I was born in Rosh Pina, the fifth generation of a rooted family, in a home where friendship and partnership with Arab neighbours was a way of life.
But, I also heard about ‘different’ Arabs – the Syrians on the Golan Heights, sending fires through our fields, and whose planes were flying above. There were also the Arabs of Wadi Ara who, at twilight, threw stones at passing cars. I did not make the connection between them and the Israeli Arab who was like a member of our family, or between him and the evacuees of Ja’oni whose abandoned property adorned our house.
As a child I experienced wars, terror attacks, and reprisals which I didn’t fully understand. I felt fear and hatred for the enemy, and I was certain we should protect our country and respond to any attacks; but on the other hand, some reprisals and actions did not seem moral to me. My belief in the myth of the ‘moral army’, the defence army, was broken.
When the Western Wall was conquered during the Six-Day War I wasn’t happy – I can’t explain it … those were difficult times. My boyfriend at the time served in the paratroopers, and I was obviously worried about him. My best friend’s brother was killed. High school friends were killed. There was a sense of victory, yes, but also panic, fear, mourning for the fallen, and big questions. What will happen now?
During the Yom Kippur War, my husband served in a division commanded by Sharon that ran the canal. The number of people I knew who were dead kept rising. I felt terrible fear, helplessness, and despair. To be a mother at times of war is a different feeling from being an 18-year-old… I wanted it to stop.
In May 1974, I accompanied an annual trip with my students to the north. We settled in a school building near Ma’alot because the Ma’alot school, which at the time was purposed for accommodation, was occupied by other travellers. The students slept in the classrooms, and we, the staff, were sleeping outside, on the grass. I remember not closing my eyes all night because I saw some suspicious movement along the nearby fence. I noticed people hanging posters. I did not dare move. At 5AM they woke us up and hurried us to board the buses, where they told us the enormity of terror and horror – terrorists murdered 22 students who slept in the nearby school. We had been saved only by chance.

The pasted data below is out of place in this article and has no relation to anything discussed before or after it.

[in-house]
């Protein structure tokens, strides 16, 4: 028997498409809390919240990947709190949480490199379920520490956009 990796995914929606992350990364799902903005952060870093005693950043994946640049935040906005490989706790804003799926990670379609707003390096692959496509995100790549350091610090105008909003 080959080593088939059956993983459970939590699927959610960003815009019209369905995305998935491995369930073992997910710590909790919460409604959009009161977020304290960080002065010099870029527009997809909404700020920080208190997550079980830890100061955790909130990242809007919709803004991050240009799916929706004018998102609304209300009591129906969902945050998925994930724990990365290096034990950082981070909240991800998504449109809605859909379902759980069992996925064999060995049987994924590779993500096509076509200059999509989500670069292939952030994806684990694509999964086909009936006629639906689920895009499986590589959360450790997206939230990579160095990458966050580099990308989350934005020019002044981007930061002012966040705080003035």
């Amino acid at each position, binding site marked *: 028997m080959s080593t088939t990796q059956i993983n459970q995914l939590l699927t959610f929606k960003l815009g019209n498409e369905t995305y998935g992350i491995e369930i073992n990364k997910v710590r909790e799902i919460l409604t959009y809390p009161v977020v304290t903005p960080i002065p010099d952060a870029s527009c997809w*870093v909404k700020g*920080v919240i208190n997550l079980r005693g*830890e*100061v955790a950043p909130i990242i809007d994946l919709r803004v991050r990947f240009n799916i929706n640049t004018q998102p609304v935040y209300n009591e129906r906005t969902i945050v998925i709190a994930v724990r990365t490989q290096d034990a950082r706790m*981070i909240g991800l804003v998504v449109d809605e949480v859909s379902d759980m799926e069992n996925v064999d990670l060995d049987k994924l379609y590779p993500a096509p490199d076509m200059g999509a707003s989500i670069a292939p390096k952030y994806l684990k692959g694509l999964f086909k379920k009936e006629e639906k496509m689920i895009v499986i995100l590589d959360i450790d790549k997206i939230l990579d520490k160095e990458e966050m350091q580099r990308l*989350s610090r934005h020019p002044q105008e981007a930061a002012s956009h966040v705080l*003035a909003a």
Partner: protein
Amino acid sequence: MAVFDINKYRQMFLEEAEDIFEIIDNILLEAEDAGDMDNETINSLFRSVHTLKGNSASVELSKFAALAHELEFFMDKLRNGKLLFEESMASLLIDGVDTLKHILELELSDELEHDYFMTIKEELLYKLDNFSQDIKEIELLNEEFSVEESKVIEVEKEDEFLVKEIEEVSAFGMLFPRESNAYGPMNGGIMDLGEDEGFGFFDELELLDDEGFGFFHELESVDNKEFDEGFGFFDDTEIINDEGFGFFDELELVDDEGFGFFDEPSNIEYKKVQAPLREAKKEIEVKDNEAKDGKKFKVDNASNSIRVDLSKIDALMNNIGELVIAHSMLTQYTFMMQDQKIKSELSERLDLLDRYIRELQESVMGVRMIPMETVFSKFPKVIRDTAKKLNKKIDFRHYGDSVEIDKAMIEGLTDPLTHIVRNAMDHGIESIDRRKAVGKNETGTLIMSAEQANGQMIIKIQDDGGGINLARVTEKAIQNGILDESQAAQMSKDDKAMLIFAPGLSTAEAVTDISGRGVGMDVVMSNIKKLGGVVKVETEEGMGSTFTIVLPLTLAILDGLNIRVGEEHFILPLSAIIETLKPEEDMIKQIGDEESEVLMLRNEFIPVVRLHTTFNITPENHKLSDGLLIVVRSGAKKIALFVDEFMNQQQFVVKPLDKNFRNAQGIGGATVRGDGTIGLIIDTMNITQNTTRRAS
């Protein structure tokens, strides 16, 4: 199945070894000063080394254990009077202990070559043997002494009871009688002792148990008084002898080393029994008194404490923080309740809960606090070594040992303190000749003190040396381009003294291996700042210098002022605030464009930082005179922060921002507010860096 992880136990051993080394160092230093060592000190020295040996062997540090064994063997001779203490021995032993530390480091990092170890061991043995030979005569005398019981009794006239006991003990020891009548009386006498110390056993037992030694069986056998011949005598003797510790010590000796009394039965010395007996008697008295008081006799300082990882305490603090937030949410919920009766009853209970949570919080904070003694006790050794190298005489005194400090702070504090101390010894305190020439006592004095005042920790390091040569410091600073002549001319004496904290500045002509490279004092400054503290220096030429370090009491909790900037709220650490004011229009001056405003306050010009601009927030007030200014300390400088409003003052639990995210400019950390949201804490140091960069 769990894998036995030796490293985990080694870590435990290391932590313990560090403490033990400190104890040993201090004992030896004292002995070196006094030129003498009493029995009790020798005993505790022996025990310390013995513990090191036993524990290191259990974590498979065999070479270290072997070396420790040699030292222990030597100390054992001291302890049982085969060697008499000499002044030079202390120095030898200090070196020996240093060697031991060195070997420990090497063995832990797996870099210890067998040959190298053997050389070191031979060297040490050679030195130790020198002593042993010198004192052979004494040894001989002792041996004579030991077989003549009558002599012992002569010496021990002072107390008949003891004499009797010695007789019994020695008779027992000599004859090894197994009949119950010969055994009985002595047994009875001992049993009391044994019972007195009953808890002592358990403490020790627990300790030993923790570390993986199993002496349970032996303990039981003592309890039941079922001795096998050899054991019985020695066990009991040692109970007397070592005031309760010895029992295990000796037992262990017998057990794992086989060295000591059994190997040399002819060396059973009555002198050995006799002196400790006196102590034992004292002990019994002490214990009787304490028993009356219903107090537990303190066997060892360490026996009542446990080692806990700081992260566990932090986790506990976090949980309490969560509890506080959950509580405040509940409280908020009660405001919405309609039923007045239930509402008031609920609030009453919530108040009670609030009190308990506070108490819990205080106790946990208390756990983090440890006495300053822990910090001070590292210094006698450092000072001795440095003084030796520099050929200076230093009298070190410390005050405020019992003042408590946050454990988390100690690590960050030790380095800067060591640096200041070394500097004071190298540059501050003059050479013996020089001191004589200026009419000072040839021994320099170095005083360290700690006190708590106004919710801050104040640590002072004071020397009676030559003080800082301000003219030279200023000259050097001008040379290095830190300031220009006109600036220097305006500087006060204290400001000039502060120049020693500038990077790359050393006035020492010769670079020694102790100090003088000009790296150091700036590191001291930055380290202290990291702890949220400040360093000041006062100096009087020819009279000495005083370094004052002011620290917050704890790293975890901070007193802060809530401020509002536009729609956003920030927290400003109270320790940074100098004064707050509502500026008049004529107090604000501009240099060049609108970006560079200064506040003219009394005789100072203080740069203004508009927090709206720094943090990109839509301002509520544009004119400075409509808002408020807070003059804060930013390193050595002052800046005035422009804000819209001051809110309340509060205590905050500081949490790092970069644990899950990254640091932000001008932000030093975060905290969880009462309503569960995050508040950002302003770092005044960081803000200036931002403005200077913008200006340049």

The terror attacks and the wars did not stop. An understanding that something must change started growing in me. My partner was in prison for refusing to serve in the reserves in the occupied territories. I joined Peace Now because of their willingness to talk to the enemy.
One day, I heard about the joint Israeli-Palestinian Remembrance Day held by Combatants for Peace. I decided to go, out of curiosity, despite the vague fear that accompanied me. I was unsure what would happen there. Who would speak, what about, and how would the ceremony be conducted…
I’m still here.